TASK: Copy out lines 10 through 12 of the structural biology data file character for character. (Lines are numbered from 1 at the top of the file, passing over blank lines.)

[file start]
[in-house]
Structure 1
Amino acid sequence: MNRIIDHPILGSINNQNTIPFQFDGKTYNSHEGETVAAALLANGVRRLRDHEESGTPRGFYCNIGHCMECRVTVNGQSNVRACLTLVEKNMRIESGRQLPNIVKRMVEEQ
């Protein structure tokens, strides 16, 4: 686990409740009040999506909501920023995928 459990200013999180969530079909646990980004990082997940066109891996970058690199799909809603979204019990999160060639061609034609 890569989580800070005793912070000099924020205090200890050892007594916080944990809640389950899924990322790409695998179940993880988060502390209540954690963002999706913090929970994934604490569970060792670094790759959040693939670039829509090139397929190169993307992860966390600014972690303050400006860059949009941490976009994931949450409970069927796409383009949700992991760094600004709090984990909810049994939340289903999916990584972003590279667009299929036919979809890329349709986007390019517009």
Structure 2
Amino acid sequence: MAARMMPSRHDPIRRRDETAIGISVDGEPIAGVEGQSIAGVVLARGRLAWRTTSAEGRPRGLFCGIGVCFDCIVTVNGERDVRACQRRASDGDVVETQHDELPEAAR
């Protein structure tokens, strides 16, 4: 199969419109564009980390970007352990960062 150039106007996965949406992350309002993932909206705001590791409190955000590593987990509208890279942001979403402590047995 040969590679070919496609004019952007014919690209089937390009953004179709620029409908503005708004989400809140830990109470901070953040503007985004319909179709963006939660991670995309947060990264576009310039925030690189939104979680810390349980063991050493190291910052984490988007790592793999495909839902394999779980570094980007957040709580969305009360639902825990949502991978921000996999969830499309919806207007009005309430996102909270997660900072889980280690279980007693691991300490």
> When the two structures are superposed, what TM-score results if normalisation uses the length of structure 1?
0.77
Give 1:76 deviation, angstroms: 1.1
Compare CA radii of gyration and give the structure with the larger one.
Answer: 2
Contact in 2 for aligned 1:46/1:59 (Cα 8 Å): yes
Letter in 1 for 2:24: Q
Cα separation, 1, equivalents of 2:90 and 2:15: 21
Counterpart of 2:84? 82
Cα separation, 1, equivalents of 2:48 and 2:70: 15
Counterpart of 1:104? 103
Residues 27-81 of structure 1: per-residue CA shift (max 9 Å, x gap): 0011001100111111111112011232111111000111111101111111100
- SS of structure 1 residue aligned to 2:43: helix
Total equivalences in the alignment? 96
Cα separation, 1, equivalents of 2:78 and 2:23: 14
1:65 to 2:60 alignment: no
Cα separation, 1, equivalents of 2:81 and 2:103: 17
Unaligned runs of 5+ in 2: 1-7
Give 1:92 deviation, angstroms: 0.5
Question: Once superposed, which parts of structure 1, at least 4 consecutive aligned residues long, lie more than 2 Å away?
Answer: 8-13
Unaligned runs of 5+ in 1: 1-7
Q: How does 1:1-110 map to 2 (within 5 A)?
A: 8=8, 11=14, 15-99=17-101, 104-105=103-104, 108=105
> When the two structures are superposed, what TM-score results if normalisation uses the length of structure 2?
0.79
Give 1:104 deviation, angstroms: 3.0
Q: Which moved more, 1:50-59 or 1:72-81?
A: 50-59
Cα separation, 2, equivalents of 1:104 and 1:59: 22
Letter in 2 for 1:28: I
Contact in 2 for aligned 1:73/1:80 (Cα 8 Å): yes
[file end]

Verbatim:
Give 1:76 deviation, angstroms: 1.1
Compare CA radii of gyration and give the structure with the larger one.
Answer: 2